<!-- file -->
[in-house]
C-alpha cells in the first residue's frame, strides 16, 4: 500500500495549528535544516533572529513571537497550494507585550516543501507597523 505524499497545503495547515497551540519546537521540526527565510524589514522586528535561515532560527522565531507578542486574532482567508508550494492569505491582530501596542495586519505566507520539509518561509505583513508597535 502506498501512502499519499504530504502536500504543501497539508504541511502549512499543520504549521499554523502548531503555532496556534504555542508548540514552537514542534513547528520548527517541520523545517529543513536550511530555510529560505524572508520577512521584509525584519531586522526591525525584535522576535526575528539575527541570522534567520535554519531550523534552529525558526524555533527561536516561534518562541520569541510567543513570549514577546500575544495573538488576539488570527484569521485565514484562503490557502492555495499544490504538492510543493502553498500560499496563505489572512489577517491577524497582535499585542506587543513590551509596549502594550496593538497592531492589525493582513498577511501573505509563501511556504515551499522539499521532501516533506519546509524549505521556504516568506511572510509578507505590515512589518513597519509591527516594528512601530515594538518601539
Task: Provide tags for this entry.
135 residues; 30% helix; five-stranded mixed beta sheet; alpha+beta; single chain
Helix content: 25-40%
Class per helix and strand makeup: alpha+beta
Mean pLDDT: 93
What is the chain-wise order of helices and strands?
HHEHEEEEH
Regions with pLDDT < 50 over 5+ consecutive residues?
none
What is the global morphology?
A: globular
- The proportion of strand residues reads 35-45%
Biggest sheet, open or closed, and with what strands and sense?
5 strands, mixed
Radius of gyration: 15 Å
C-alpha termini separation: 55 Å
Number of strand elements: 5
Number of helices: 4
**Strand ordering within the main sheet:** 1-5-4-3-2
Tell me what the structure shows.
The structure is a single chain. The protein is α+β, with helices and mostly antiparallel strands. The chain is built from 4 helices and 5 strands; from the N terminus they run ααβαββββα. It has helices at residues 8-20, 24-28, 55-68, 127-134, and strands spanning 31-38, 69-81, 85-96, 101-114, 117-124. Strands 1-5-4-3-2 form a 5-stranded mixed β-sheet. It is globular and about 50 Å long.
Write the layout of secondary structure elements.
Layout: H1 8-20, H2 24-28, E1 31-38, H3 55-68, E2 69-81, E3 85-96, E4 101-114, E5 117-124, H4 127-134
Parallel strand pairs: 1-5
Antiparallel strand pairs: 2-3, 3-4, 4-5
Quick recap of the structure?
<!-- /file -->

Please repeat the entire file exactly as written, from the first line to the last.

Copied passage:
[in-house]
C-alpha cells in the first residue's frame, strides 16, 4: 500500500495549528535544516533572529513571537497550494507585550516543501507597523 505524499497545503495547515497551540519546537521540526527565510524589514522586528535561515532560527522565531507578542486574532482567508508550494492569505491582530501596542495586519505566507520539509518561509505583513508597535 502506498501512502499519499504530504502536500504543501497539508504541511502549512499543520504549521499554523502548531503555532496556534504555542508548540514552537514542534513547528520548527517541520523545517529543513536550511530555510529560505524572508520577512521584509525584519531586522526591525525584535522576535526575528539575527541570522534567520535554519531550523534552529525558526524555533527561536516561534518562541520569541510567543513570549514577546500575544495573538488576539488570527484569521485565514484562503490557502492555495499544490504538492510543493502553498500560499496563505489572512489577517491577524497582535499585542506587543513590551509596549502594550496593538497592531492589525493582513498577511501573505509563501511556504515551499522539499521532501516533506519546509524549505521556504516568506511572510509578507505590515512589518513597519509591527516594528512601530515594538518601539
Task: Provide tags for this entry.
135 residues; 30% helix; five-stranded mixed beta sheet; alpha+beta; single chain
Helix content: 25-40%
Class per helix and strand makeup: alpha+beta
Mean pLDDT: 93
What is the chain-wise order of helices and strands?
HHEHEEEEH
Regions with pLDDT < 50 over 5+ consecutive residues?
none
What is the global morphology?
A: globular
- The proportion of strand residues reads 35-45%
Biggest sheet, open or closed, and with what strands and sense?
5 strands, mixed
Radius of gyration: 15 Å
C-alpha termini separation: 55 Å
Number of strand elements: 5
Number of helices: 4
**Strand ordering within the main sheet:** 1-5-4-3-2
Tell me what the structure shows.
The structure is a single chain. The protein is α+β, with helices and mostly antiparallel strands. The chain is built from 4 helices and 5 strands; from the N terminus they run ααβαββββα. It has helices at residues 8-20, 24-28, 55-68, 127-134, and strands spanning 31-38, 69-81, 85-96, 101-114, 117-124. Strands 1-5-4-3-2 form a 5-stranded mixed β-sheet. It is globular and about 50 Å long.
Write the layout of secondary structure elements.
Layout: H1 8-20, H2 24-28, E1 31-38, H3 55-68, E2 69-81, E3 85-96, E4 101-114, E5 117-124, H4 127-134
Parallel strand pairs: 1-5
Antiparallel strand pairs: 2-3, 3-4, 4-5
Quick recap of the structure?